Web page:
What To Do When You Get Negative Attendee Feedback
If attendees critique a conference that you spent months carefully planning, it can be hard not to take it personally. The best way to handle it likely involves digging deeper into the negative feedback and then making room for improvement.
For the past few weeks, I’ve been watching a lot of Top Chef. My observations from the cooking competition: Some chefs really like to use dashi, and making panna cotta usually doesn’t turn out well for contestants.
But for me, the show is also a good reminder about listening and responding to feedback.
The contestants are not only cooking under pressure in front of world-renowned chefs like Thomas Keller and Eric Ripert, but they also get immediate, face-to-face feedback—which can sometimes be brutal—from a panel of judges.
To me, how they react to that feedback is interesting. Some let the judges finish their critique before explaining why they disagree, while others interrupt mid-judging. Then there are those who thank the judges for feedback—good and bad—and appear to be really listening and taking it in, while other chefs seem not to hear any of the criticism or say something along the lines of, “I disagree. It was a good dish, and I stand behind it 100 percent.”
It’s easy for me to judge who takes feedback most effectively as I sit at home on the couch, but I’ll also admit that receiving feedback is probably one of the most difficult things for most people to do, myself included. And your emotional response to feedback is likely heightened when you’ve put a lot of effort into the thing that’s being critiqued, whether that’s a dish you’ve served or a meeting you’ve planned.
But the reality is that if you’re involved in planning and executing your association’s conferences, you’re also likely to get feedback from attendees, whether face to face, over social media, or via a postconference survey. So, what’s the best way to handle it? Here are three suggestions:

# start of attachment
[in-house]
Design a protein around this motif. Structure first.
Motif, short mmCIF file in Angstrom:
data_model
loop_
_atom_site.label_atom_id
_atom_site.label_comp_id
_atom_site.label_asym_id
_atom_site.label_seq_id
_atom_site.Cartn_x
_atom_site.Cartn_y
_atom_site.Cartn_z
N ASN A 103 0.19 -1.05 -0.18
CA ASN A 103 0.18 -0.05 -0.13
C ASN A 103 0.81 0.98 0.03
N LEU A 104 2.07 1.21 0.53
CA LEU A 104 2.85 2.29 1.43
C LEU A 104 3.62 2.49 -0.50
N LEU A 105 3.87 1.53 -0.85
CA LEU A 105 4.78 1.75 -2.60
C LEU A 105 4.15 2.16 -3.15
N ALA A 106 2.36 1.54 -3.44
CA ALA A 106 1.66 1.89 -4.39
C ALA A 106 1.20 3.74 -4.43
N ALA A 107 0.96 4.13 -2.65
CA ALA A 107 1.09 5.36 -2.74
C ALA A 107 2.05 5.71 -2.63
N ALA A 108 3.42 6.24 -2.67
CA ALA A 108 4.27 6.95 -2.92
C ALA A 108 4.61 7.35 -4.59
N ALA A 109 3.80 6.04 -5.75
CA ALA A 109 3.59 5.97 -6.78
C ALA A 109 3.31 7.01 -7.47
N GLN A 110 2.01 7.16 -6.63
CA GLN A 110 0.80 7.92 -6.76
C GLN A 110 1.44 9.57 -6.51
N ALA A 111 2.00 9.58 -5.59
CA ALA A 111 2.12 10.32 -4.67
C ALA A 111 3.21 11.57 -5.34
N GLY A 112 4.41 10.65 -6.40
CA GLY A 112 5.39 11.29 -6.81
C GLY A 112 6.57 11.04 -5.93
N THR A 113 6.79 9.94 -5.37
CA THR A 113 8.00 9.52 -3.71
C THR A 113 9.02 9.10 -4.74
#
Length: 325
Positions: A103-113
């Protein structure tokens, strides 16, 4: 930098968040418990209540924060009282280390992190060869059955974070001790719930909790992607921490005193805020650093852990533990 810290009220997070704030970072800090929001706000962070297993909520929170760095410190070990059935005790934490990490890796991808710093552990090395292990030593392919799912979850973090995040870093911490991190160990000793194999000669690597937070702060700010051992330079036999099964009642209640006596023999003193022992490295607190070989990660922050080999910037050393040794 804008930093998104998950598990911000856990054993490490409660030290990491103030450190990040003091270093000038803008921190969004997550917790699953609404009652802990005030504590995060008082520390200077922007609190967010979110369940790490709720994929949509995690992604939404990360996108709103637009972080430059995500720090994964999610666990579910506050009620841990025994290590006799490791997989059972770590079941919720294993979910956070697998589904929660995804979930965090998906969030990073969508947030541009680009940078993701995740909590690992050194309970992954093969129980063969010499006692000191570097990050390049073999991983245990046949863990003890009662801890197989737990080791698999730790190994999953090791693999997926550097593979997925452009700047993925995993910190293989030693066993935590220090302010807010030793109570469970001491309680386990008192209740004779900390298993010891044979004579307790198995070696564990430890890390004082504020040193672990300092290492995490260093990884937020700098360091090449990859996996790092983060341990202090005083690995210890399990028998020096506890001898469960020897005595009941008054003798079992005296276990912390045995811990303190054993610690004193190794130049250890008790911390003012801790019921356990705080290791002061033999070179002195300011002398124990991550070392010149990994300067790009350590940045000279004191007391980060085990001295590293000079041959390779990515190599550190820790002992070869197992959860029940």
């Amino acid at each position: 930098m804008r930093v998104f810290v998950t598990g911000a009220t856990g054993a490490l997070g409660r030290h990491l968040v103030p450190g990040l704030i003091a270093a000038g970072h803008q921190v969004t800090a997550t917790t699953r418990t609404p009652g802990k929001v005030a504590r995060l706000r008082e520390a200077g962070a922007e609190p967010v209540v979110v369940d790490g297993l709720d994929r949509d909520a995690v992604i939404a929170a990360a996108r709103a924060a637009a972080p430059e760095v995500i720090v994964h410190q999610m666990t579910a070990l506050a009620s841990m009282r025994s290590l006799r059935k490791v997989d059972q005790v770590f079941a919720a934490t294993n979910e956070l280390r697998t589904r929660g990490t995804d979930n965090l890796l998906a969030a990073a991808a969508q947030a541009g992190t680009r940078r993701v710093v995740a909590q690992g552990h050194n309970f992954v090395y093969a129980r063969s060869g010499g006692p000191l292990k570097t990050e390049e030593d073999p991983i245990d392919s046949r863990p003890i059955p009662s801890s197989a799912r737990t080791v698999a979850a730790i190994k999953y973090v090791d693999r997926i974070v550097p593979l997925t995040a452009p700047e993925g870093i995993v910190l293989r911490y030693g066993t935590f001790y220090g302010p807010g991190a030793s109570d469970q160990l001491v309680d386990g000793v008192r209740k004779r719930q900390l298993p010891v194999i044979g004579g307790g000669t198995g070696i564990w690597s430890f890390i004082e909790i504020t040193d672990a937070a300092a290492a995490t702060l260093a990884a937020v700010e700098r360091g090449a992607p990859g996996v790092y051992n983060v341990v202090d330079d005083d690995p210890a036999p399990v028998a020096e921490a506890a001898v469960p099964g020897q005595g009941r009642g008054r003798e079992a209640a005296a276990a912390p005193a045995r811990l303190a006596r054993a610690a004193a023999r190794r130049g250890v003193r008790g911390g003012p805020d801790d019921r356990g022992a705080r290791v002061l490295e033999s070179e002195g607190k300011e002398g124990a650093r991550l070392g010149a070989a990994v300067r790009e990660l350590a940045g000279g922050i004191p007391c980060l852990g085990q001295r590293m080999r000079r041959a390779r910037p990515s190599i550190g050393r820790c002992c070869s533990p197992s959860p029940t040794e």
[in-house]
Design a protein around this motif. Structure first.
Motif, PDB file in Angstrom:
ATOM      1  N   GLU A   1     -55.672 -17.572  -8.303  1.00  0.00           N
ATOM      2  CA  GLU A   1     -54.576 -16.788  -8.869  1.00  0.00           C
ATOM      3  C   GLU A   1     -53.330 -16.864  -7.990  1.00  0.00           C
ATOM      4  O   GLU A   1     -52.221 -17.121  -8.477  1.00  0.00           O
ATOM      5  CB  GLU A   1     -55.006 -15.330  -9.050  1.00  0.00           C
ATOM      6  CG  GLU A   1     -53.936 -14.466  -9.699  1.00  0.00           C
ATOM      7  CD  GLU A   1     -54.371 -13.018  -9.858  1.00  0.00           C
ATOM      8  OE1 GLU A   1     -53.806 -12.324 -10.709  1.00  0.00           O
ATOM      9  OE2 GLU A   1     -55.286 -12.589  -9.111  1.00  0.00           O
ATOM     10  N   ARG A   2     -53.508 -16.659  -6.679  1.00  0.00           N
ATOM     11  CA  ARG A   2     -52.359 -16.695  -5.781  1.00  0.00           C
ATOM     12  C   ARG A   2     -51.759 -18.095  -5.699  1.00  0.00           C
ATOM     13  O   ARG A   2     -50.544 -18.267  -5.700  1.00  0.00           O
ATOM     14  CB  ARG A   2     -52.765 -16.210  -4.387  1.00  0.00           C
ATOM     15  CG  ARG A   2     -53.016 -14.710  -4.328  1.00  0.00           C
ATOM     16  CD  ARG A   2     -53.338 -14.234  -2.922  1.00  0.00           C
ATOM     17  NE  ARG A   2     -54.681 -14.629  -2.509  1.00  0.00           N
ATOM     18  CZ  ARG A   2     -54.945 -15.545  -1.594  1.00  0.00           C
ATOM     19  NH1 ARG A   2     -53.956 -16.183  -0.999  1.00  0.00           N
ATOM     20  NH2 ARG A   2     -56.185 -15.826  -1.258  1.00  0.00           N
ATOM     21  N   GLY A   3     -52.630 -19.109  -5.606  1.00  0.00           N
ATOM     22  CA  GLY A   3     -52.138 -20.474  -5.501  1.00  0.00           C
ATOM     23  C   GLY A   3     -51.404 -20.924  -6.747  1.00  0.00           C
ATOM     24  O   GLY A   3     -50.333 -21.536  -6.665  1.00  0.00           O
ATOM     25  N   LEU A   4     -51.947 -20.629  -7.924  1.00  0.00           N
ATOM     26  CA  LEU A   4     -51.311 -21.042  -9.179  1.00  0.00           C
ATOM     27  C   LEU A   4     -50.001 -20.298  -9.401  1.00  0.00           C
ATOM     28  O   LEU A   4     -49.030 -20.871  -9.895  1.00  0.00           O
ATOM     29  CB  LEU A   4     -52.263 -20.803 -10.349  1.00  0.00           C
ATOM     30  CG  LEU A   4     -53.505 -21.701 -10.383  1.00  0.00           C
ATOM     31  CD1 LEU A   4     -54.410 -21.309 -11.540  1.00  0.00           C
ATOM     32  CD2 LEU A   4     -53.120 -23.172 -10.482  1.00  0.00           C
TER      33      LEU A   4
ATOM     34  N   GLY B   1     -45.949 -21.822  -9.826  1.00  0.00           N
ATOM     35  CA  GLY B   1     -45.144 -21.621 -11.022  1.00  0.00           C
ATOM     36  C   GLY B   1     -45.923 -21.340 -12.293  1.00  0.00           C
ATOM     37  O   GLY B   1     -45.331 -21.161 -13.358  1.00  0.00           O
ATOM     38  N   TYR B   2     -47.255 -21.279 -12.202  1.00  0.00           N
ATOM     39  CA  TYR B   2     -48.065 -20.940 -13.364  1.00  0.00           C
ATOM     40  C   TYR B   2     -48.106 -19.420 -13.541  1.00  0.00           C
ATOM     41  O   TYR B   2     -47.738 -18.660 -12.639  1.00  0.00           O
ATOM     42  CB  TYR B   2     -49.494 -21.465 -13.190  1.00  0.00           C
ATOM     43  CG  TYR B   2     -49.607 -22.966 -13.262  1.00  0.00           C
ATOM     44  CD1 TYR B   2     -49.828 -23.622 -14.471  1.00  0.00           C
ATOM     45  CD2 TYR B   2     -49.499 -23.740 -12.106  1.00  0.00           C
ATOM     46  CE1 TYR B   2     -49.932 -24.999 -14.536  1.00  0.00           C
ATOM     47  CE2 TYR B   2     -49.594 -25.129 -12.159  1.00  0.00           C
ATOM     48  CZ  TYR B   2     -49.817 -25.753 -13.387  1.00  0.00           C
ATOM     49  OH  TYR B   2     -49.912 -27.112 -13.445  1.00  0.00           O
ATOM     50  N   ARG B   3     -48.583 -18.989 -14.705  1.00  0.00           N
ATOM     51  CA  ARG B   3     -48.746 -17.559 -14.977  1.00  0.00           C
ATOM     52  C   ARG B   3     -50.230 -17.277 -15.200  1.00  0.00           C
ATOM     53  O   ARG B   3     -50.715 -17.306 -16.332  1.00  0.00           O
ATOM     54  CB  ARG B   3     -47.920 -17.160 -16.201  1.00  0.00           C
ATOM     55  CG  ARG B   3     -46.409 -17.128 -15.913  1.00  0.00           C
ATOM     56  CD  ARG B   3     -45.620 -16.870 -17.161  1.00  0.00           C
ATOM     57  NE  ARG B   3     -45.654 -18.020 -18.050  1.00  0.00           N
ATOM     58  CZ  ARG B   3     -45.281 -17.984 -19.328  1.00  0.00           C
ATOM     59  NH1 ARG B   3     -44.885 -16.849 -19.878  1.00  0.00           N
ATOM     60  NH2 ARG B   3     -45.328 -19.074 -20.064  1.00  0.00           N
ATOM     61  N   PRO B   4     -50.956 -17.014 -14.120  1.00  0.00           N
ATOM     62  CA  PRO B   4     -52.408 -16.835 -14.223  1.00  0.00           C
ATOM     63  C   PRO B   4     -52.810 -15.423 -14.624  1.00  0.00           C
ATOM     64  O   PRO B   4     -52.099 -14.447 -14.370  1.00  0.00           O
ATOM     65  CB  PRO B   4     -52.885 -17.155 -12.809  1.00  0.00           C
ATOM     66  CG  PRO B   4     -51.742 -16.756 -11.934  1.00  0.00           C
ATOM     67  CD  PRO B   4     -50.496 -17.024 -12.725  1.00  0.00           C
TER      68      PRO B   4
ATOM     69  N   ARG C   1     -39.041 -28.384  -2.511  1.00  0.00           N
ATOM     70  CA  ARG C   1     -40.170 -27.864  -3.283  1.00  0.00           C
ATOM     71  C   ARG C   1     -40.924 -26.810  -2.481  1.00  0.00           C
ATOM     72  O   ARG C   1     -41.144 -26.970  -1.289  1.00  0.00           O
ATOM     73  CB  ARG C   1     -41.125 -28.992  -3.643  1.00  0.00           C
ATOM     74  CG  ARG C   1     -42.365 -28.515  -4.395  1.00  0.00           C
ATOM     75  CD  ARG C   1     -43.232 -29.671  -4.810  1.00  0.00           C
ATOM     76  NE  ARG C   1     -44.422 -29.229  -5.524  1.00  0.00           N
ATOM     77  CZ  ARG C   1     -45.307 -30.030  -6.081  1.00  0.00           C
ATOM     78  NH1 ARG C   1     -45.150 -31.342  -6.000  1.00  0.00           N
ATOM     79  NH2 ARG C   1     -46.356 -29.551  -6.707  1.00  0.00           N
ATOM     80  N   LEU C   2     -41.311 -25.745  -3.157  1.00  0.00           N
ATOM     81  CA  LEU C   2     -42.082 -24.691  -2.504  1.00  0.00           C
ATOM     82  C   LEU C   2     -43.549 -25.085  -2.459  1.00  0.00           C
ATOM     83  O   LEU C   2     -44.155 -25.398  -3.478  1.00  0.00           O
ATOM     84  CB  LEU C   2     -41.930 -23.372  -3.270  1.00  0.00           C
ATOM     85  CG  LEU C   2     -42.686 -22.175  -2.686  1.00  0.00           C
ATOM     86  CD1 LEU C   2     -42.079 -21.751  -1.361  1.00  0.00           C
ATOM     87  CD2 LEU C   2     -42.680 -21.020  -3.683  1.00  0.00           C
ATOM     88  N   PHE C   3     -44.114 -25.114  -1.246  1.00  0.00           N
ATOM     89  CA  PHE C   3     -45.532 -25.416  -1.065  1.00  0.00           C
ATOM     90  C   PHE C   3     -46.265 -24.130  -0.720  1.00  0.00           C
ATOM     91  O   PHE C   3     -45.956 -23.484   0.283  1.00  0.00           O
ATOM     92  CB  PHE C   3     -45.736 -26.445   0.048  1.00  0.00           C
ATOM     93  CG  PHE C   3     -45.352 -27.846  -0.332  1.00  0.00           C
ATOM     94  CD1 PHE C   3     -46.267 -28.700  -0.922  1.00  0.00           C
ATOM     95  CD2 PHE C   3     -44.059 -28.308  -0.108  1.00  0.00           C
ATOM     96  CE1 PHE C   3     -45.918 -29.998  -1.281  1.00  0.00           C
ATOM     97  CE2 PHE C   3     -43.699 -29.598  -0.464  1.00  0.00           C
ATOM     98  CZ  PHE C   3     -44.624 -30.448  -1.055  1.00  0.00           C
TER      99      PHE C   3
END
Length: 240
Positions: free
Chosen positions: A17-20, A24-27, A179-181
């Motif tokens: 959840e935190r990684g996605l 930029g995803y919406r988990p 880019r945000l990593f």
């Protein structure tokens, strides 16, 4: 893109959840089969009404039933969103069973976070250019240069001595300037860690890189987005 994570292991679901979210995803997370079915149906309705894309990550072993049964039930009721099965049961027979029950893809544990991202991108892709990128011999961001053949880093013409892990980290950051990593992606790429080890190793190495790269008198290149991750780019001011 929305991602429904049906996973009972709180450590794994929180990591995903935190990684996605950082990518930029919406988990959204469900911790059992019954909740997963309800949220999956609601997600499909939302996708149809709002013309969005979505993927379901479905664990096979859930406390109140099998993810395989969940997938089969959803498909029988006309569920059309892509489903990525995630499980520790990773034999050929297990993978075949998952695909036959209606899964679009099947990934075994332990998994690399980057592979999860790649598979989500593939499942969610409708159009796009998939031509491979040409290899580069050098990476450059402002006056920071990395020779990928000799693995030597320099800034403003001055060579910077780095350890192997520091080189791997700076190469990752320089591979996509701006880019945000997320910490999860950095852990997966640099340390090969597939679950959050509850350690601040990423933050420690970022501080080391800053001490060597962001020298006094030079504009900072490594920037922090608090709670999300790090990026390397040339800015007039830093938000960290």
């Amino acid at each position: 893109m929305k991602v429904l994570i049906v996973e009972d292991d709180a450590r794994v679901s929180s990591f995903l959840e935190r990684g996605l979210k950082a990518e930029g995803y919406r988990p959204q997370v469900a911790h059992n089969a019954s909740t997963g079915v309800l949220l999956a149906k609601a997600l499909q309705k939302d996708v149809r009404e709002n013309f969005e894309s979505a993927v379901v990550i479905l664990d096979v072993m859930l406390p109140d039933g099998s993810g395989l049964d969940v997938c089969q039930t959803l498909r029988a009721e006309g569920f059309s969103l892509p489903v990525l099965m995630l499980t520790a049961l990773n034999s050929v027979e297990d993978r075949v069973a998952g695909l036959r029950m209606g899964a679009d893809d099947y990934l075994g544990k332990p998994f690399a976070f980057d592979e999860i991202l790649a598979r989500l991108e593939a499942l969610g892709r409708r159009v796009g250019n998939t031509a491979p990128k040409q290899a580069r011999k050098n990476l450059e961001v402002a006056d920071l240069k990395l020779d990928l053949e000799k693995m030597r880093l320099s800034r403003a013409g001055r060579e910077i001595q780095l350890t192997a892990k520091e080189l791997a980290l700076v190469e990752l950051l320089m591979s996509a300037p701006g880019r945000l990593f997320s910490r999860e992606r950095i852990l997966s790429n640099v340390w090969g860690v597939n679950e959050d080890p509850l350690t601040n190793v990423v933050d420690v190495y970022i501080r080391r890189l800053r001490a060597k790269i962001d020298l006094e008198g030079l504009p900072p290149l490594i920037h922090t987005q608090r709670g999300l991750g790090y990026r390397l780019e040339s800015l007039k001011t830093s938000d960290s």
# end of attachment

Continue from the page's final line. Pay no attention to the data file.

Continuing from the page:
Acknowledge that you heard the attendee’s criticism. Say an attendee comes up to you at your conference and says, “That keynoter was terrible. He said nothing I didn’t already know.” While your first reaction may be to defend your choice, instead be sure to hear the attendee out—without making any judgment. Then, repeat back to them what you heard and thank them for sharing feedback with you.
Follow up and dig more deeply. Don’t act on negative feedback until you understand it more fully. You may need to ask the person giving it some additional questions or reach out to other attendees to see if they had the same perception. If so, it’s probably time for a change.
Make room for improvement. Once you’ve determined where you can improve, it’s time to take advantage of knowing what your audience wants and make changes. As you promote next year’s event, be upfront about the fact that you’ve made improvements based on feedback from previous attendees. People will appreciate that their voices were heard and feel confident that issues they experienced have been resolved.
At the end of the day, remember this: The conferences you host aren’t about you or your association; they’re about your attendees. So, if they have negative feedback to share, be grateful that they’re willing to do so and consider what you need to do to improve their experience.
What tips do you have for listening and responding to negative feedback about your meetings and events? Let us know in the comments.
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